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Elephant Gifts

Elephants are large land mammals in two genera of the family Elephantidae: Elephas and Loxodonta. Three species of elephant are living today: the African Bush Elephant, the African Forest Elephant and the Asian Elephant (also known as the Indian Elephant). The elephant has appeared in cultures across the world. They are a symbol of wisdom in Asian cultures and are famed for their memory and intelligence.

African elephants are distinguished from Asian elephants in several ways, the most noticeable being their much larger ears. In addition, the African elephant is typically larger than the Asian elephant and has a concave back. In Asian elephants only males have tusks, but both males and females of African elephants have tusks and are usually less hairy than their Asian cousins.

Elephant Life Cycle

Elephants life cycle has a lot of things in common to the life cycle of a human. Here we look into some of the things that are alike, and some that are not. It will shock you when you see what some of them are.

First thing that we can note that happens with elephants are that they tend to live in small, family type of groups that have the old females heading them. Depending on the abundance of food in the area that they are residing, some of the groups can join together. If this happens though the males will tend to stick to being around other males and the females will associate with other females. Although quite different in one respect, this is very similar when you think of the way that teenagers are. They too tend to hang out in their perspective groups the majority of the time.

However, during a certain time frame the males will enter a period that is called "musth" and will release a fluid that is thicker than the one that is released normally. Musth is generally the time that reproduction occurs, both in the wild or in tamed environments.

Once the male and the female elephant have mated, we will find that the female elephant will carry the fetus for a very lengthy gestation period. The period of time that this can last ranges from 18 - 22 months in length. The world would be a whole lot less populated if this is what humans had to go through to have their young.

When it comes to the life cycle of an elephant, we learn that the female elephant is in a state of pregnancy for anywhere from 18 - 22 months. This is the longest of any mammal on earth. When they have the baby, it weighs over 200 lbs. The baby elephant will use their mouth to get milk from their mother, and continue to nurse for quite some time. The baby elephants can take a long time when it comes to weaning and often they are weaned off due to their mother being unable to tolerate the pokes from the tusks that they have developing.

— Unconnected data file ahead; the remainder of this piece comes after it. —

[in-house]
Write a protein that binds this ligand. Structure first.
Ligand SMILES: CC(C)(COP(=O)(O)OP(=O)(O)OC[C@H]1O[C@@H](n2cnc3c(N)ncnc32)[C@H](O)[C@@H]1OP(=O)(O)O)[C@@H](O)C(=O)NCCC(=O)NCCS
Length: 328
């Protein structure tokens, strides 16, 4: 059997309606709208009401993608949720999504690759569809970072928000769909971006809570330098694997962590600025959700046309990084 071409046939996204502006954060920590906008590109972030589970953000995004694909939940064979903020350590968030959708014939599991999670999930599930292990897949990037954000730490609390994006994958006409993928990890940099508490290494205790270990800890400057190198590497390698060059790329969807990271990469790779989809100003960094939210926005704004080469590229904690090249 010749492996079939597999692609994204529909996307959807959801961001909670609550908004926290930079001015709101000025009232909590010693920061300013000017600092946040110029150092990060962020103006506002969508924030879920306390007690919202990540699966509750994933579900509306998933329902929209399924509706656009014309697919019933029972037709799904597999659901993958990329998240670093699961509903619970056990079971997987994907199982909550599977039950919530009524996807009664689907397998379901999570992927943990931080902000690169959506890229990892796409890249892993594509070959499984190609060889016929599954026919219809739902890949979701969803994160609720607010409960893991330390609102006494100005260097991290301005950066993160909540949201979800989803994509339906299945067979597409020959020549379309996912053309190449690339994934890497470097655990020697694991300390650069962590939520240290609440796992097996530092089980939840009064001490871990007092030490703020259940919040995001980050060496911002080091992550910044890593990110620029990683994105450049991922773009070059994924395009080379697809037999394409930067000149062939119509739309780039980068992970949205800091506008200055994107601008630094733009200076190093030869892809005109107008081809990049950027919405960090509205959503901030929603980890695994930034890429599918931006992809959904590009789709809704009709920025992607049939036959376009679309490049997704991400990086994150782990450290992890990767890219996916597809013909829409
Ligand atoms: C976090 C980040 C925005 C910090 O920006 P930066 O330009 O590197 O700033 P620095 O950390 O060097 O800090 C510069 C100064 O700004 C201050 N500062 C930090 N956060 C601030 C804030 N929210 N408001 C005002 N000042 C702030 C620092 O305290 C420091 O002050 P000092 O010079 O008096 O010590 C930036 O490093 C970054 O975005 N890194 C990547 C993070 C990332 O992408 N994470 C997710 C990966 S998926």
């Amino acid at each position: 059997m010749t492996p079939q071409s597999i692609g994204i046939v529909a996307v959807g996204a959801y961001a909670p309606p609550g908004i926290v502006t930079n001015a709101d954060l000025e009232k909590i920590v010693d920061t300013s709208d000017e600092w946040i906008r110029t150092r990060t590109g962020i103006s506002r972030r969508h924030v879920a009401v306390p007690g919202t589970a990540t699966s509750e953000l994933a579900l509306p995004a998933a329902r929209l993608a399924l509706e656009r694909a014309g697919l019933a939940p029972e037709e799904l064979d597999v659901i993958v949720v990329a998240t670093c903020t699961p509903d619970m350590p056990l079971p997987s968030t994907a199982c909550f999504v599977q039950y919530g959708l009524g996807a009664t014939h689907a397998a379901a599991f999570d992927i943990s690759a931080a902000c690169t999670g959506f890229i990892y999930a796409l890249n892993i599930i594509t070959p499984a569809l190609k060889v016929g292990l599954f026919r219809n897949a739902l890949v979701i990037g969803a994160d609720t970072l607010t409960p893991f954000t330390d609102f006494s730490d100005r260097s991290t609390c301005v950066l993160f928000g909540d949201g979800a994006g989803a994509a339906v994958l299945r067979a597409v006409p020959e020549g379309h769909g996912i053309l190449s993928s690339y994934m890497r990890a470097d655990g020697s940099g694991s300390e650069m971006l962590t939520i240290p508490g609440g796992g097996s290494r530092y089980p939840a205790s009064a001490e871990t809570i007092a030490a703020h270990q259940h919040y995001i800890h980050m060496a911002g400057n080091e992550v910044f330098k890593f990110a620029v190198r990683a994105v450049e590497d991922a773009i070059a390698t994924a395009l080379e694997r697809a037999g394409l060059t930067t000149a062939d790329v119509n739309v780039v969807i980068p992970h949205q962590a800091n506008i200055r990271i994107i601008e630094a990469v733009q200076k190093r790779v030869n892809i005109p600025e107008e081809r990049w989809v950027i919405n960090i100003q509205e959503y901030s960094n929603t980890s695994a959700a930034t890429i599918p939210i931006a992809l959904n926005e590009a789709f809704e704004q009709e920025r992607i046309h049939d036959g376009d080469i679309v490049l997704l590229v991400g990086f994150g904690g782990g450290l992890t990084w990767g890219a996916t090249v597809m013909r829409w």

Continuing through the elephants life cycle we find that the female elephant will continue to have young until they are around 50 years of age. Keep in mind that they are unable to get impregnated again before a minimum 2 years and 6 months after giving birth, and sometimes this can extend to 4 years. Humans do not have to wait this long at all if they do not want to.

As an elephant ages they also are found to develop some of the diseases that are common to humans as they get older. Arthritis and cardiovascular ailments are two in particular that they can find to have as they age. But as we continue through elephants life cycle we see that this does not hinder the length of time that they live. Many of them live until they are at least 70 years old. There are some that die earlier, but a lot of this could be prevented as many of them are killed by illegal poaching that is done in the areas that they live.

Elephants life cycle has a lot of things in common to the life cycle of a human. Here we look into some of the things that are alike, and some that are not. It will shock you when you see what some of them are.

About the Author
Find more information on elephants and the fascinating world of their life cycle on Andrew Keets website about these wonderful animals.




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